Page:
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Open edX

open edX

What is Open edX®?

Open edX is an online platform for creating, delivering, and analyzing online courses. It is the open source platform that powers the edx.org initiative, created by founding partners MIT and Harvard University, joined by over a hundred leading global institutions and used by millions of engaged online learners worldwide.
You can find out more about Open edX at https://open.edx.org or experience it first hand by taking one of the great courses available for free at edx.org.

If you are interested in learning more about this technology to deliver your own online courses or MOOCs, this article will provide you with a lot of valuable information to get started.

What pieces make the Open edX platform?

The Open edX platform is far from a monolithic application, it has a number of different applications that are generally referred to under the umbrella name “Open edX”, than can or not be integrated into an online learning initiative.

At the bare minimum, in order to build and run online courses, you’ll need the two basic applications:

  • The Open edX LMS: This is the learning Management System, where learners sign up for the site and log in to enroll and access their courses. Instructors also use the Open edX LMS in order to access some management tools such as course stats, manual enrollments, gradebook management, course reports, certificates configuration, email and more.
  • Open edX Studio: A Content management system or authoring platform for creating and configuring Courses and course libraries. This is the place where you’d go to author your course, add and organize courseware, add and configure activities, upload course files and configure course policies and settings. Studio uses the same authentication as the LMS (same email and password), but only course authors (users with specific permissions for one or more course) need to log in to studio. If a learner accidentally logs in to STUDIO, he’ll reach the STUDIO home page, but nothing more.

As mentioned above, the LMS and STUDIO have the basic functionality to get going, but as the online learning initiative gets more complex, some additional or complementary applications can come into play, notably:

  • Open edX ecommerce: A additional application to add ecommerce capabilities to Open edX in order to sell course seats, or course upgrade paths. Without the ecommerce application, all courses will have to be “Audit”, so they will be accessed freely and no certificate will be granted. Once ecommerce is addes, other course modes can be uses, such as “Verified” and “Professional” which grant access to a certificate for learners that pass the course.
  • Open edX Insights: A data analytics tool designed to provide staff members with valuable information about student activity, enrollment, geography, demographics, Engagement, Grades, and more. This is a high level analytic tool, meant to present data aggregates, instead of identifiable lists of users.
  • Open edX Android or iOS mobile apps: Native Android and iOS apps for mobile devices.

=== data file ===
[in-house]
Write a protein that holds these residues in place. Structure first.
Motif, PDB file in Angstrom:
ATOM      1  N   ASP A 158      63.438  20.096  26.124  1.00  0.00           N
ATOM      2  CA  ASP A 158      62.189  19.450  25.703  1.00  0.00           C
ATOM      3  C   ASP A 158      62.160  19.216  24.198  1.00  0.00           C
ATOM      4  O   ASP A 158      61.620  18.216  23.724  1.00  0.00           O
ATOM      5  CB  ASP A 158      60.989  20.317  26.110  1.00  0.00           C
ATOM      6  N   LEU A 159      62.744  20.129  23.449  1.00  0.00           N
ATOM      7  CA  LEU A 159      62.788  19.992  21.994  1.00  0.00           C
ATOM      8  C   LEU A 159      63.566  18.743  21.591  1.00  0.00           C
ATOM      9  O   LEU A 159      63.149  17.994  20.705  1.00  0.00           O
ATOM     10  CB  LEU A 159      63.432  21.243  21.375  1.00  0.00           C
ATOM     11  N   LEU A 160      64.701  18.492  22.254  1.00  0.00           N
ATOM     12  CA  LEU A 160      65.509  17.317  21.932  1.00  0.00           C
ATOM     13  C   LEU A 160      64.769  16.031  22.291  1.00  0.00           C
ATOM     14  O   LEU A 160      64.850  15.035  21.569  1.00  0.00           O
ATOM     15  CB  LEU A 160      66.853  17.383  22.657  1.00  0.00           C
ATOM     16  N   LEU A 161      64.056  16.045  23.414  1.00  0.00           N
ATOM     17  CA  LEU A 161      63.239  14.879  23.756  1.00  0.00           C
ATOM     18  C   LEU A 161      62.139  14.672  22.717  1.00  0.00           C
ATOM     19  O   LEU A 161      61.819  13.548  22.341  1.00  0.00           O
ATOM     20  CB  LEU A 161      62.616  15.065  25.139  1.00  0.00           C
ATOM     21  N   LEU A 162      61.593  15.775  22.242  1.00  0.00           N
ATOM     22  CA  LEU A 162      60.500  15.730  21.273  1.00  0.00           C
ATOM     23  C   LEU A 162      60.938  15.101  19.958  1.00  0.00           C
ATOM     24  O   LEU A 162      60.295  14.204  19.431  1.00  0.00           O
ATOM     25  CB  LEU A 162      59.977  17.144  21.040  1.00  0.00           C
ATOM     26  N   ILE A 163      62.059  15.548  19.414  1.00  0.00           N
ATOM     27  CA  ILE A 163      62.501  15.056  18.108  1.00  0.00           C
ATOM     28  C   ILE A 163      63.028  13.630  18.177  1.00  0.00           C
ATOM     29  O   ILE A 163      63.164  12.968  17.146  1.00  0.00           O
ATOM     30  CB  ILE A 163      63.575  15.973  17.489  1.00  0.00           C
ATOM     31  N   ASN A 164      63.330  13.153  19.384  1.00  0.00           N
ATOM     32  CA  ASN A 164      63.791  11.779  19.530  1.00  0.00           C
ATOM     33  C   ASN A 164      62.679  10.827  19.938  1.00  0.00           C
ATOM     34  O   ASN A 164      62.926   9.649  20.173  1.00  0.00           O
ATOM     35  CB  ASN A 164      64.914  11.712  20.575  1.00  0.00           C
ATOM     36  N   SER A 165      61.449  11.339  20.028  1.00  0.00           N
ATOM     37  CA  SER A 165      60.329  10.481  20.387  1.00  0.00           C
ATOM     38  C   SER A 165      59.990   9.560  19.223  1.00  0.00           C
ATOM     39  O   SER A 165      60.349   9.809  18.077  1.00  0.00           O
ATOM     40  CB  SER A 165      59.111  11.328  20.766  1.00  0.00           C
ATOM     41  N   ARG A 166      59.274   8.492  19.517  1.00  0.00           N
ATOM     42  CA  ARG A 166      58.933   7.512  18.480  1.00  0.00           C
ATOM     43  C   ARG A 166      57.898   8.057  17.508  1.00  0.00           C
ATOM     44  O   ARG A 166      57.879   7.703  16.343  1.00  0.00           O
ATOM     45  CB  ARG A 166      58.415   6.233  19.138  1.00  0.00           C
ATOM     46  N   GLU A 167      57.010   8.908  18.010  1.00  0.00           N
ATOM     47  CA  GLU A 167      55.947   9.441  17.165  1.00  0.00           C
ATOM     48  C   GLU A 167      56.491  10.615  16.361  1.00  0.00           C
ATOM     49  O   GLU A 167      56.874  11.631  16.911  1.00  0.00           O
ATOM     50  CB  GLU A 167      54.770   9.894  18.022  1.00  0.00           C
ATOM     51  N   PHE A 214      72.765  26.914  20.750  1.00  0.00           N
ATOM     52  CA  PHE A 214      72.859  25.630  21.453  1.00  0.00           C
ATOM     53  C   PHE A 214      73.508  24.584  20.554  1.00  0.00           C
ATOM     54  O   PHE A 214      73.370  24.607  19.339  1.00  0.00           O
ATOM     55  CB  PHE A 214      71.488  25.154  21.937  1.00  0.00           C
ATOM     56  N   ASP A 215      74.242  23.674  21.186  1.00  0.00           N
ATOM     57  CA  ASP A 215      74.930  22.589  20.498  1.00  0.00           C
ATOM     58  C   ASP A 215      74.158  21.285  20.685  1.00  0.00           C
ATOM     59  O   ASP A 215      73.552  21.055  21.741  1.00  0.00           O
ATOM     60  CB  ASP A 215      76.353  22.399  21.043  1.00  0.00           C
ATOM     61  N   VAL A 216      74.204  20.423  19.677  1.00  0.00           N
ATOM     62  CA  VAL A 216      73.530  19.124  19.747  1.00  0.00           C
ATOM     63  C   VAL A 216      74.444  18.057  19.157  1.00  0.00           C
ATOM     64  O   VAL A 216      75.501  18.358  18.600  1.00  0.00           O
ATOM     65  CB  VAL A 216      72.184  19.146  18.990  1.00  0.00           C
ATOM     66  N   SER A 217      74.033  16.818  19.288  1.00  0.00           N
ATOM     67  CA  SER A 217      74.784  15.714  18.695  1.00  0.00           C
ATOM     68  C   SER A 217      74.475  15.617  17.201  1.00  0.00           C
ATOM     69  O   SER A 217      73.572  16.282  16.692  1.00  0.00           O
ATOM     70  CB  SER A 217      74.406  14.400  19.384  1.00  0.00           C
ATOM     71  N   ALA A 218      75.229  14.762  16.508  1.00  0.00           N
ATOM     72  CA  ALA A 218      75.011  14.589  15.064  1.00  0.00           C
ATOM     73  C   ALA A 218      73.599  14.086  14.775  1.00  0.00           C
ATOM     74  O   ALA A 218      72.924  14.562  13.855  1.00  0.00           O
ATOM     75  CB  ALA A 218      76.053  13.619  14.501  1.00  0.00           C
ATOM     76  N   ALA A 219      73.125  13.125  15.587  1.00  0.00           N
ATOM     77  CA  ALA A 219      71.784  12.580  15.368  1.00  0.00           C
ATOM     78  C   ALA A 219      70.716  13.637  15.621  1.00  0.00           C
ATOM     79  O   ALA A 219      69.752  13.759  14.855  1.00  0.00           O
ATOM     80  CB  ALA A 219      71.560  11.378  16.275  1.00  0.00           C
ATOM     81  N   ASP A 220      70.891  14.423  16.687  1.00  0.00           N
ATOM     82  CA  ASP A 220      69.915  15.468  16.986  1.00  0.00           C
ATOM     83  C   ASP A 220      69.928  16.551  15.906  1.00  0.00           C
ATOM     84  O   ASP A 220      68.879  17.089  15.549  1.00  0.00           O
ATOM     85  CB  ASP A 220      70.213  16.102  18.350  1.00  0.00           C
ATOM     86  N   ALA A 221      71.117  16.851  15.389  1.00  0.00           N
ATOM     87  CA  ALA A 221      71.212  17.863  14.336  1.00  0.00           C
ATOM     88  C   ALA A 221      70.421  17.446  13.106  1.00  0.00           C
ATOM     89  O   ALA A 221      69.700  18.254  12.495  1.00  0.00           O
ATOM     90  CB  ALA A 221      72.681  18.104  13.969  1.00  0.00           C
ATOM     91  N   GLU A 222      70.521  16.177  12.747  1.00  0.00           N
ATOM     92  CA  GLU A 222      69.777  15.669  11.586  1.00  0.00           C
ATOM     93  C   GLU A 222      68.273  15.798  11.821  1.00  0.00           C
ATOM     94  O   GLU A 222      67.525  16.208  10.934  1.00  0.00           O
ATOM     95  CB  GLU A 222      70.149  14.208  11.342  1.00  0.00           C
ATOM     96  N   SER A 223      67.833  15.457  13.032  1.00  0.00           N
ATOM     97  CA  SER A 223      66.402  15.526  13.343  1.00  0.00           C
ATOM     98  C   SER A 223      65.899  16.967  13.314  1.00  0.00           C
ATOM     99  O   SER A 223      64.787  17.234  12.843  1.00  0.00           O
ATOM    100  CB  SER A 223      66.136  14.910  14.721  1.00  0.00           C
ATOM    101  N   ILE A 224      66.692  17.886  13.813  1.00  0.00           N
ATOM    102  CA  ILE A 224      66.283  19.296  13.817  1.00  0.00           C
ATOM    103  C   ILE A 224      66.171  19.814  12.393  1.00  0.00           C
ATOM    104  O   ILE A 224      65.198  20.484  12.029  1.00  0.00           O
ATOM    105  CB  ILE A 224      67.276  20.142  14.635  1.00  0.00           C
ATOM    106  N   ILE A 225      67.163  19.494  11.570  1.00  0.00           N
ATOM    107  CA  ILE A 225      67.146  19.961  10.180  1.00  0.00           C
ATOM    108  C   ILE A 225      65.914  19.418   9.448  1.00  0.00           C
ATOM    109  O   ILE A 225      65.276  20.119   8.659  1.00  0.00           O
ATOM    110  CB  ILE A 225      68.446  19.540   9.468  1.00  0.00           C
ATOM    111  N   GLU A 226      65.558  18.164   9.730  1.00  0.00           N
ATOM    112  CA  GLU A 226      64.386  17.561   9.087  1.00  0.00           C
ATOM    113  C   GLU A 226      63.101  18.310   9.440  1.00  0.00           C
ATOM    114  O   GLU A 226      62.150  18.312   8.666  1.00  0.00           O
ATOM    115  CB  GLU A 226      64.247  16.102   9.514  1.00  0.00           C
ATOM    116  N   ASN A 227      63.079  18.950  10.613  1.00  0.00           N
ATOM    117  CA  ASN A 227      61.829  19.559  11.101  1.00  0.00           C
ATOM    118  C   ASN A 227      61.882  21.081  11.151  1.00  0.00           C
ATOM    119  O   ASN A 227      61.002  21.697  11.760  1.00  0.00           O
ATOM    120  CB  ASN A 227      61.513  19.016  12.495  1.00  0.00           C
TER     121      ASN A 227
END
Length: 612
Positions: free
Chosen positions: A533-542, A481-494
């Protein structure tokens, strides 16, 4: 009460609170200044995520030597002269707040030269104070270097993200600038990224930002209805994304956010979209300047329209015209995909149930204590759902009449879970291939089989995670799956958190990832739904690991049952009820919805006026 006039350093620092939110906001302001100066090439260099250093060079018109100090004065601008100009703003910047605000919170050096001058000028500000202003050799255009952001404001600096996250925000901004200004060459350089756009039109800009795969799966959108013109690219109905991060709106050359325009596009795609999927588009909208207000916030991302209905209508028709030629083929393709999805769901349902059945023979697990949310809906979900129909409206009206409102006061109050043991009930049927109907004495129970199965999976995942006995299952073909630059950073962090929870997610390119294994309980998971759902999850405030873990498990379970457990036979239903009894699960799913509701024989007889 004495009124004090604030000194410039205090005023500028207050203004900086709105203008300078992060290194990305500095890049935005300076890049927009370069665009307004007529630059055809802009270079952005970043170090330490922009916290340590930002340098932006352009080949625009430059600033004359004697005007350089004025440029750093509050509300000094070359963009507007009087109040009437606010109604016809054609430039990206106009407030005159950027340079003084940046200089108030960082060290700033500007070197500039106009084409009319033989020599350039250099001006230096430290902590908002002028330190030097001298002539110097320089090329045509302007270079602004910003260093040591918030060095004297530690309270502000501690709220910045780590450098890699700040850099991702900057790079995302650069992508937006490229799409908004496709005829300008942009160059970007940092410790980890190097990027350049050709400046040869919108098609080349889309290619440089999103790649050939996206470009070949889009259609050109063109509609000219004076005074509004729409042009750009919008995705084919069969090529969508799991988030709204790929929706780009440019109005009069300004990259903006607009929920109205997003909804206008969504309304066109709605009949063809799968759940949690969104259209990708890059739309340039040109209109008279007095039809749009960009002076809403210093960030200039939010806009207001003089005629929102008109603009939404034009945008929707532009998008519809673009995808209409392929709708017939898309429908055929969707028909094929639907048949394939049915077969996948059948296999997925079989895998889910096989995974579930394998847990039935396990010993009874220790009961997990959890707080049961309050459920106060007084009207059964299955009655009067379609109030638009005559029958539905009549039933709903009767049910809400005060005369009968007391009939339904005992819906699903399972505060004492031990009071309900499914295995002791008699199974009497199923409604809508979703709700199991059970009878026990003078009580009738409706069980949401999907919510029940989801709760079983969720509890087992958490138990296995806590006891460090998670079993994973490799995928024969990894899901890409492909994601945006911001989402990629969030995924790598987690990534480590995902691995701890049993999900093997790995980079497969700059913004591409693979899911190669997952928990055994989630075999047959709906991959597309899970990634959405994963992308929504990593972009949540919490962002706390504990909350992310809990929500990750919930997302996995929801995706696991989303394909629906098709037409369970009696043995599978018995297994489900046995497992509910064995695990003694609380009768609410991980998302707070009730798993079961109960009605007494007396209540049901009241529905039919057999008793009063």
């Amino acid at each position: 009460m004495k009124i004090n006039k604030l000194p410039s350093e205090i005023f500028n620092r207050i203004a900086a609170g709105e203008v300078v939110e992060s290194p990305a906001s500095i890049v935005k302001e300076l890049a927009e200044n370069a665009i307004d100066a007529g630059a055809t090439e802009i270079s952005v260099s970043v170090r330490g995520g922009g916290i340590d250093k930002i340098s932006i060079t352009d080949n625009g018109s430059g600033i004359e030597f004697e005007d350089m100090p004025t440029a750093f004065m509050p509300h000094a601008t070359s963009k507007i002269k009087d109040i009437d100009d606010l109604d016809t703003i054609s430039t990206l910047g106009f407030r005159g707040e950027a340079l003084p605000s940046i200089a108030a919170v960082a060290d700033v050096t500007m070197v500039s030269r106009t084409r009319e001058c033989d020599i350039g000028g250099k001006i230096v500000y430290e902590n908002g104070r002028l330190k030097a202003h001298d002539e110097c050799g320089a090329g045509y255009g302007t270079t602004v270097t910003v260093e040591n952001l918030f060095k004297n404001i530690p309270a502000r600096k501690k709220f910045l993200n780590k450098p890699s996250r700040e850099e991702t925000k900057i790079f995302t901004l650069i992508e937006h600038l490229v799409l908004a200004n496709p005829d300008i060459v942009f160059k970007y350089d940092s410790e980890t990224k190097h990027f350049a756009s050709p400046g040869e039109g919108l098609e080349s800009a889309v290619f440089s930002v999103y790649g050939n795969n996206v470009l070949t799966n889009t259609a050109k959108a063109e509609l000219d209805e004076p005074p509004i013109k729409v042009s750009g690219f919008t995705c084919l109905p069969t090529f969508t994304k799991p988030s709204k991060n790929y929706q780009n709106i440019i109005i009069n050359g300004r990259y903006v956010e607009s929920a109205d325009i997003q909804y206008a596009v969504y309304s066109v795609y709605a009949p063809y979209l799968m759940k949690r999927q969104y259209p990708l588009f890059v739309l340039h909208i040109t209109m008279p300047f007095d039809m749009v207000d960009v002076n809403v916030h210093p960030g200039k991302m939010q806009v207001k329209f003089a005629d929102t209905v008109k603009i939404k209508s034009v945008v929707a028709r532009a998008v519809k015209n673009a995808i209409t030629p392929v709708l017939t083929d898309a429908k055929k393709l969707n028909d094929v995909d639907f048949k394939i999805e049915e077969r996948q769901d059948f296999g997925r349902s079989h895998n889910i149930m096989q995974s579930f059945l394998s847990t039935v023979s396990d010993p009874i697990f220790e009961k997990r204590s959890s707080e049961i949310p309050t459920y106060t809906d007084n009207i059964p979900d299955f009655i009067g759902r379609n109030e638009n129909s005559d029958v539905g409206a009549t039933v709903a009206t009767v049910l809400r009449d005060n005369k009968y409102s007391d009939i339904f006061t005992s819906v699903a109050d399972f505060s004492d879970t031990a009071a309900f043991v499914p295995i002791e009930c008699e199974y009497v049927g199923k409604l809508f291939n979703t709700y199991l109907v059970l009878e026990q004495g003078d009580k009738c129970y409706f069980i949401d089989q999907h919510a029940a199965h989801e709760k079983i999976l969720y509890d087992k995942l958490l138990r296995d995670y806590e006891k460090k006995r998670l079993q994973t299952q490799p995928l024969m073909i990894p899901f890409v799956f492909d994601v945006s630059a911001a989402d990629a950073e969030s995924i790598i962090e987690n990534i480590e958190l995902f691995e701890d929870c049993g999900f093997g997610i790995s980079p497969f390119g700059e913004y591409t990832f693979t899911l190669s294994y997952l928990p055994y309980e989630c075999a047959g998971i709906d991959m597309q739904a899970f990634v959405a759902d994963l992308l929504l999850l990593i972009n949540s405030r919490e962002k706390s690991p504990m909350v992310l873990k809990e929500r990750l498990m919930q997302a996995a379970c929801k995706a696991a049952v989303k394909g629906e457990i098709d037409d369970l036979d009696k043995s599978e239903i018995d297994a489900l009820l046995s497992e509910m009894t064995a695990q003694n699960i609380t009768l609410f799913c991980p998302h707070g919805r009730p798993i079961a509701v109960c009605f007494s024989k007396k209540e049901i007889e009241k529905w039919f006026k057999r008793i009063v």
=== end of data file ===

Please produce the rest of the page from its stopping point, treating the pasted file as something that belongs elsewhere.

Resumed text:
Beyond the main basic functionalities, the Open edX platform has some advanced features that can be toggled on and off, and which rely on specific services that are deployed and configured independently only when needed. We’ll described below the most important ones.

  • Course discovery service: A service that collects and stores metadata about the online courses in order to share it efficiently among all the Open edX applications. The course discovery service plays a key role to enable the offering of programs (Collections of courses for the learner to follow) which can also be purchased at a discounted price).
  • Additional Xblocks: An Xblock is a modular component that extends the Open edX platform. The Xblock architecture was designed mainly to provide a way to incrementally add features, such as problem types, excersises, activities and more to the courses. edX has build and maintains a number of Xblock, that are essential to the courses, so they ship with the basic Open edX platform. However, third parties such as eduNEXT or other active members of the Open edX community may also create valuable Xblocks and release them as open source for everyone to use, but as long as they are not addopted by edX, they are separate components and are managed independently.
  • Discussions Digest: This component allows for learners to receive a daily email with the recent activity of the discussion posts they are following. This helps engage learners with discussions, but it’s not always enabled in order to reduce the complexity of the platform.
  • ACE. Automated communications engine: This is a more comprehensive component gear towards expanding and improving the automated communications by different means, such as email, mobile app notifications and others.
  • edX enterprise: This is an additional application built to add some capabilities to the platform in order to serve an enterprise customer. This is a promissing key part of the ecosystem as it’s being built to enable and enrich alternative business models for online learning initiatives.
  • Xqueue: This is an interface for the LMS to run asynchronous tasks, which allows for example to communicate with external grading services.